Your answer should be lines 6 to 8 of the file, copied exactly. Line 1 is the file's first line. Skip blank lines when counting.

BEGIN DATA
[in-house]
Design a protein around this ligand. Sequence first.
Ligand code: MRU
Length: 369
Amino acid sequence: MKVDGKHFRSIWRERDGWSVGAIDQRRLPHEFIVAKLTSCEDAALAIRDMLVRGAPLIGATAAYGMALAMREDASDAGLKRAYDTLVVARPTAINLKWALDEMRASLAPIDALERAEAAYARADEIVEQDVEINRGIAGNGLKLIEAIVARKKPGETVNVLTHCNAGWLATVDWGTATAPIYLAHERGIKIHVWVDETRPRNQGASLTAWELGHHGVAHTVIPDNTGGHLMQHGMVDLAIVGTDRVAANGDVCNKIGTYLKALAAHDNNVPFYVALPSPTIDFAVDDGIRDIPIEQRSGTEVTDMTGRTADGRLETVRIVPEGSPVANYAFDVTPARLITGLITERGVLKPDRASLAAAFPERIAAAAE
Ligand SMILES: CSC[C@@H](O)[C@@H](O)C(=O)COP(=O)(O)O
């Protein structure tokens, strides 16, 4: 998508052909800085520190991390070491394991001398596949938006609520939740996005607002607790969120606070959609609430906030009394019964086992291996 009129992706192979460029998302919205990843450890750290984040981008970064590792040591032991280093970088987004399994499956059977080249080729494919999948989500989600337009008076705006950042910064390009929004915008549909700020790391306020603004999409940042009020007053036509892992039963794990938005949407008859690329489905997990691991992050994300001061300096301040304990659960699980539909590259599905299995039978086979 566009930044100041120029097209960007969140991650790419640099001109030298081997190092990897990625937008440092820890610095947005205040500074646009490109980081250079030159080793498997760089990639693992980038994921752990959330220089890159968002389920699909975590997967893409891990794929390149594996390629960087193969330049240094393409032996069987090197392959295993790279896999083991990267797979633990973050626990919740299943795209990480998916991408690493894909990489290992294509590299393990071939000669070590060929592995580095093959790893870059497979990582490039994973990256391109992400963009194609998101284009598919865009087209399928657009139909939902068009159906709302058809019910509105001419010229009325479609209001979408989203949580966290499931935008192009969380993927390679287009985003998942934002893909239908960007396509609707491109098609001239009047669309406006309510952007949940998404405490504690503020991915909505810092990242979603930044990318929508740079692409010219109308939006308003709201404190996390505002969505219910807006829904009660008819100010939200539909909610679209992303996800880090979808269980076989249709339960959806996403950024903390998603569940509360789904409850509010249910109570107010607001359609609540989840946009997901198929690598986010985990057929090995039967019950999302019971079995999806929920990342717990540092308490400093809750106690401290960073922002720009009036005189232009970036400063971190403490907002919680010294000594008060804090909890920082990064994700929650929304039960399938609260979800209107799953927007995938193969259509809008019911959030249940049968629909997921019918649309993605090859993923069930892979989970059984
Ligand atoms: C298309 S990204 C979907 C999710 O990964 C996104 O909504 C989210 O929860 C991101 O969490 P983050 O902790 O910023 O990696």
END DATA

Ligand SMILES: CSC[C@@H](O)[C@@H](O)C(=O)COP(=O)(O)O
């Protein structure tokens, strides 16, 4: 998508052909800085520190991390070491394991001398596949938006609520939740996005607002607790969120606070959609609430906030009394019964086992291996 009129992706192979460029998302919205990843450890750290984040981008970064590792040591032991280093970088987004399994499956059977080249080729494919999948989500989600337009008076705006950042910064390009929004915008549909700020790391306020603004999409940042009020007053036509892992039963794990938005949407008859690329489905997990691991992050994300001061300096301040304990659960699980539909590259599905299995039978086979 566009930044100041120029097209960007969140991650790419640099001109030298081997190092990897990625937008440092820890610095947005205040500074646009490109980081250079030159080793498997760089990639693992980038994921752990959330220089890159968002389920699909975590997967893409891990794929390149594996390629960087193969330049240094393409032996069987090197392959295993790279896999083991990267797979633990973050626990919740299943795209990480998916991408690493894909990489290992294509590299393990071939000669070590060929592995580095093959790893870059497979990582490039994973990256391109992400963009194609998101284009598919865009087209399928657009139909939902068009159906709302058809019910509105001419010229009325479609209001979408989203949580966290499931935008192009969380993927390679287009985003998942934002893909239908960007396509609707491109098609001239009047669309406006309510952007949940998404405490504690503020991915909505810092990242979603930044990318929508740079692409010219109308939006308003709201404190996390505002969505219910807006829904009660008819100010939200539909909610679209992303996800880090979808269980076989249709339960959806996403950024903390998603569940509360789904409850509010249910109570107010607001359609609540989840946009997901198929690598986010985990057929090995039967019950999302019971079995999806929920990342717990540092308490400093809750106690401290960073922002720009009036005189232009970036400063971190403490907002919680010294000594008060804090909890920082990064994700929650929304039960399938609260979800209107799953927007995938193969259509809008019911959030249940049968629909997921019918649309993605090859993923069930892979989970059984
Ligand atoms: C298309 S990204 C979907 C999710 O990964 C996104 O909504 C989210 O929860 C991101 O969490 P983050 O902790 O910023 O990696």